• Thanks for your comments! I’m trying very hard to stay away from the medicinal uses of lithium. I don’t want to make it seem like Sutton has psychiatric issues or is hallucinating. She doesn’t suffer from anything like that; it’s a physical phenomenon where she actually Moves to other worlds. She’s present in that AU while her body is also still here on Earth. Only a few seconds pass on Earth while she could be spending hours in another world.

        Lithium seemed like a good choice because it was present during the Big Bang, and I wanted to tie into that because part of the background here is that people who Move have more lithium present in their bodies, and that dates back to the beginning of time. People have been Moving since just past the primordial ooze. 🙂 I needed an element that typically isn’t found in the human body, but wouldn’t be toxic in small amounts. I couldn’t use something like hydrogen which was also present at the start of the universe, because humans need hydrogen to live. It’s in everyone’s personal periodic chart.

        • Ahhh gotcha. Yeah it makes sense. I guess my question though is: in a world where certain people have trace lithium that gives them these “mover” abilities, what happens to people who actually get dosed with a big ‘ol whack of the stuff? It’s a question that popped into my feeble brain, so I’m guessing a few of your readers will be curious also 🙂

          Sounds like a really cool story, maybe slightly reminiscent of Replay (damn good book) or the Long Earth (not so good but interesting).

          Best of luck with it! 🙂

        • I noticed your comments about lithium not being toxic; actually, it is. People who take lithium for mental health reasons have to have their kidney function checked regularly. My aunt’s ex was on lithium until he had to be taken off it or die, then he was prescribed epilum, normally prescribed for people with epilepsy but can help people with chemical imbalances.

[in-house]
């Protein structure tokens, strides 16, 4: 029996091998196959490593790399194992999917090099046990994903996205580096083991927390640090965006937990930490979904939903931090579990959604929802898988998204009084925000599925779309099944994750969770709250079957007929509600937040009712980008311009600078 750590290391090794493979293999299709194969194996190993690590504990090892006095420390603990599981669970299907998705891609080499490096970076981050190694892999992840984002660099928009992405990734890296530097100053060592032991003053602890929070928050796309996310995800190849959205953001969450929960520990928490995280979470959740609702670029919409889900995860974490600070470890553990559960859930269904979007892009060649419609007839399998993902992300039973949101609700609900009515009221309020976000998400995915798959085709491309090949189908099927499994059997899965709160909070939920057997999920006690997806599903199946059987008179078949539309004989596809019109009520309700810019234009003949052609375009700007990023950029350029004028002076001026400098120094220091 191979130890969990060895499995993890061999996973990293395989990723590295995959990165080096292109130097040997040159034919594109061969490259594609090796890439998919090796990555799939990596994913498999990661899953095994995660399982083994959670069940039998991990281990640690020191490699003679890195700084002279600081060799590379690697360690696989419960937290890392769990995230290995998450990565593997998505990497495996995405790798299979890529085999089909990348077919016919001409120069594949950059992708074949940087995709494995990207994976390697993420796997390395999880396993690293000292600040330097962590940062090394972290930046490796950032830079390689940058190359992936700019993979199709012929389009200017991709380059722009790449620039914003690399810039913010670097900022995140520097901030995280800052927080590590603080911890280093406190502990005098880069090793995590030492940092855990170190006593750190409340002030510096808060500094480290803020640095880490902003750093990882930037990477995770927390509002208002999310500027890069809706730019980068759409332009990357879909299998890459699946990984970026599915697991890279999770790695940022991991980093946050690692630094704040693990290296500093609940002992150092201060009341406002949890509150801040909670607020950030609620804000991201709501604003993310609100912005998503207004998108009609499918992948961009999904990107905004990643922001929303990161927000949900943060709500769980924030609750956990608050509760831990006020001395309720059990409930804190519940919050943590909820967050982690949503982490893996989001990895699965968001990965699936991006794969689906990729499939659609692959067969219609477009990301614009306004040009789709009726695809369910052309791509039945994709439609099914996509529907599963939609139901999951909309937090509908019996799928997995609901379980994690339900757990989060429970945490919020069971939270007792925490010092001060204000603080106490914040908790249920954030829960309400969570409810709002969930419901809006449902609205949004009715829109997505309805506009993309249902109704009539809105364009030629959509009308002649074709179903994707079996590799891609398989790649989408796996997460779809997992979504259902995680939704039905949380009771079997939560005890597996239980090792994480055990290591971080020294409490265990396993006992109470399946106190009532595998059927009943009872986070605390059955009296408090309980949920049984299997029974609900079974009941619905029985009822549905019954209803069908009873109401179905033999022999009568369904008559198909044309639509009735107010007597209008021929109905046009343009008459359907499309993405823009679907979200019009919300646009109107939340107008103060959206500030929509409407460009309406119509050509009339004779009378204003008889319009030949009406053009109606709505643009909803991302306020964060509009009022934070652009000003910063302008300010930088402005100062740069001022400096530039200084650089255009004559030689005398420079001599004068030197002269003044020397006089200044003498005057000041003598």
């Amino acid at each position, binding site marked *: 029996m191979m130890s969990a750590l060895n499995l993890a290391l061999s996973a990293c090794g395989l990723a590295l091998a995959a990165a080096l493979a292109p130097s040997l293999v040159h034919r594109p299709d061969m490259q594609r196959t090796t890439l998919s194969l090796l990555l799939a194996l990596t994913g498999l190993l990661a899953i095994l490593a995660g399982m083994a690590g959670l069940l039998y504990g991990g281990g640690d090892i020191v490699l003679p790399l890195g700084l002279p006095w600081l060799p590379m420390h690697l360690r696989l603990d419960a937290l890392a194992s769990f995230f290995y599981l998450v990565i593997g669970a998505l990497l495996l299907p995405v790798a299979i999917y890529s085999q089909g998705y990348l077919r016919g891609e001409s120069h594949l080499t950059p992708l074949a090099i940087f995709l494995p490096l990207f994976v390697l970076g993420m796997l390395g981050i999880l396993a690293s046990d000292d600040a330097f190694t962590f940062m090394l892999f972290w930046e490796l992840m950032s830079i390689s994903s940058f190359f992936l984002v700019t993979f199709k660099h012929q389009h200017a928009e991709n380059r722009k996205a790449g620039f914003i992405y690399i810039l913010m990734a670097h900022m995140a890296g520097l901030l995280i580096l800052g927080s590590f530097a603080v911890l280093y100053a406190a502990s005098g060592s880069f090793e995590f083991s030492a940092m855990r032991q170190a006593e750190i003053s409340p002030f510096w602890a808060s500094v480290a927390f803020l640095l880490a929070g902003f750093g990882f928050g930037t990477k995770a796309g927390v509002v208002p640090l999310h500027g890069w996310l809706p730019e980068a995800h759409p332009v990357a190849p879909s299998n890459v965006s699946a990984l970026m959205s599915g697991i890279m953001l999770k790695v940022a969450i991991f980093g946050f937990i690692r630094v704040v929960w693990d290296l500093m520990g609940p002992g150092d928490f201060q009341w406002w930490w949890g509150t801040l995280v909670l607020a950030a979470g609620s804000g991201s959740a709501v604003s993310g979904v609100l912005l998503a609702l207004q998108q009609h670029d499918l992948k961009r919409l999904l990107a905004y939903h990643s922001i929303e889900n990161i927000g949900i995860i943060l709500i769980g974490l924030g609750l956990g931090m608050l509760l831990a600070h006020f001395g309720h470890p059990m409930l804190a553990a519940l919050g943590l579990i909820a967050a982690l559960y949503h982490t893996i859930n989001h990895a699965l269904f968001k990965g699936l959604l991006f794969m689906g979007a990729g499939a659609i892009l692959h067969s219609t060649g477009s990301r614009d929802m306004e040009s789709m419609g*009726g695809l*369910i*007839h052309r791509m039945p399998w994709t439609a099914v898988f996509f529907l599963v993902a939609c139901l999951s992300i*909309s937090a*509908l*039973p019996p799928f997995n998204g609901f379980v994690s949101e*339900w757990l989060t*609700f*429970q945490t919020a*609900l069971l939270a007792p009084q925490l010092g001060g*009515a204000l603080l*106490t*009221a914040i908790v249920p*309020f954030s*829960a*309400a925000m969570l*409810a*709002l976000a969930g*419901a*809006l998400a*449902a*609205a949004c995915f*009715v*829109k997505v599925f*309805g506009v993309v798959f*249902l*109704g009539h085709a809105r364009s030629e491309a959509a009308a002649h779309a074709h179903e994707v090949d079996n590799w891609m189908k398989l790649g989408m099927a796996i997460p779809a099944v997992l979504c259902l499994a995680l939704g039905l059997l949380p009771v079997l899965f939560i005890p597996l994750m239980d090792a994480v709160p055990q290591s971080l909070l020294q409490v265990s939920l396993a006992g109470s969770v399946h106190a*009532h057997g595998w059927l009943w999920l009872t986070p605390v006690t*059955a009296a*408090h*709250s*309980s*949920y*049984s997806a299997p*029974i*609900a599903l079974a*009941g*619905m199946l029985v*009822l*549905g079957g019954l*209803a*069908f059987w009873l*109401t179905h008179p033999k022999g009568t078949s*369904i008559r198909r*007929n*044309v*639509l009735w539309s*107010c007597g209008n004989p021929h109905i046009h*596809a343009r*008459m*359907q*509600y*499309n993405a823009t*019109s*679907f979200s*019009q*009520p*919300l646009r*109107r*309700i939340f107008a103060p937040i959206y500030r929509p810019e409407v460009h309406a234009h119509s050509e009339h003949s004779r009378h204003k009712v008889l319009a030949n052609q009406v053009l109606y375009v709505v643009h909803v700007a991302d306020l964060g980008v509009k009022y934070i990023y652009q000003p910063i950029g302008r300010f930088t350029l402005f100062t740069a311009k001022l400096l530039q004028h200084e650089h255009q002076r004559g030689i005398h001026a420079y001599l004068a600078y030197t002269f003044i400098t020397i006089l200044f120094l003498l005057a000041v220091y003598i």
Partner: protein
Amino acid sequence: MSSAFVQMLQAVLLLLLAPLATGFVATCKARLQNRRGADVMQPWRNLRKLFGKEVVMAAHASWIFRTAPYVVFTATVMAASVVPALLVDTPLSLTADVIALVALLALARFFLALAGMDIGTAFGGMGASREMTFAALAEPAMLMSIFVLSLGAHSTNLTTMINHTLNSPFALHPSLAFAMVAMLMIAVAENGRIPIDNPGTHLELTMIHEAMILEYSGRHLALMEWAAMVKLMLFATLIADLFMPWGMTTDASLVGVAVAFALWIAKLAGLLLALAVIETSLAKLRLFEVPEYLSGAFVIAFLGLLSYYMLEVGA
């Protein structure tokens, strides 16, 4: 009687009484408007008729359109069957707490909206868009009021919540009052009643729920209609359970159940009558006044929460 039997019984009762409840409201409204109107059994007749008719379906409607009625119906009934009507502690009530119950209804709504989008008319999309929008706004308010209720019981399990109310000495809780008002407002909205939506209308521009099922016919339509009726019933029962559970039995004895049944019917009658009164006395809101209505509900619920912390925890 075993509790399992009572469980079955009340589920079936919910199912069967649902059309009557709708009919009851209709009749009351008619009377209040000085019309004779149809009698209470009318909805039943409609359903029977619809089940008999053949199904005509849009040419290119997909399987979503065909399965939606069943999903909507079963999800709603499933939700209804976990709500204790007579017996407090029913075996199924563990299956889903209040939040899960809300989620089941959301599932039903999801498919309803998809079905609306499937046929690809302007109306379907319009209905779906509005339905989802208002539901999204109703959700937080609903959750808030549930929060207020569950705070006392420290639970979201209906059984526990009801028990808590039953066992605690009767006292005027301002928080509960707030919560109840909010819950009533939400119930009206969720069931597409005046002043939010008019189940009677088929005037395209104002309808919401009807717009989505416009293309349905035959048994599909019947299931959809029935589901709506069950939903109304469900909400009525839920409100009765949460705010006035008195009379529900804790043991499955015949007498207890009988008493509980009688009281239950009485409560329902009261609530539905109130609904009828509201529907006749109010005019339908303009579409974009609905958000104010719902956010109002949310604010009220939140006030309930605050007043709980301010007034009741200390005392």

I don’t want to derail what is an interesting story and character; I’m just adding some info into the mix. Maybe it can help provide a plot-twist later or something.

          • Thanks for bringing this up. I’ve read up on lithium and I did see a number of medical reports that say patients who take lithium can overdose if they’re not careful and monitoring their intake. I’ve been thinking about adding a twist on that for my plot: she starts to feel symptoms of lithium overdosing right before she Moves, because the lithium levels in her body are increasing to facilitate going to an AU. I really appreciate your thoughts on this (and I hope your aunt’s ex is doing better).

            I just have to figure out a way to avoid bringing in the medical uses of it into the picture. I really don’t want readers thinking it’s a psychosomatic problem, because it’s not.

    • I think stories were probably a little easier to maintain conflict in before everyone had cellphones. Think of all the times in horror movies when everything could have worked out just fine if somebody had had a cell!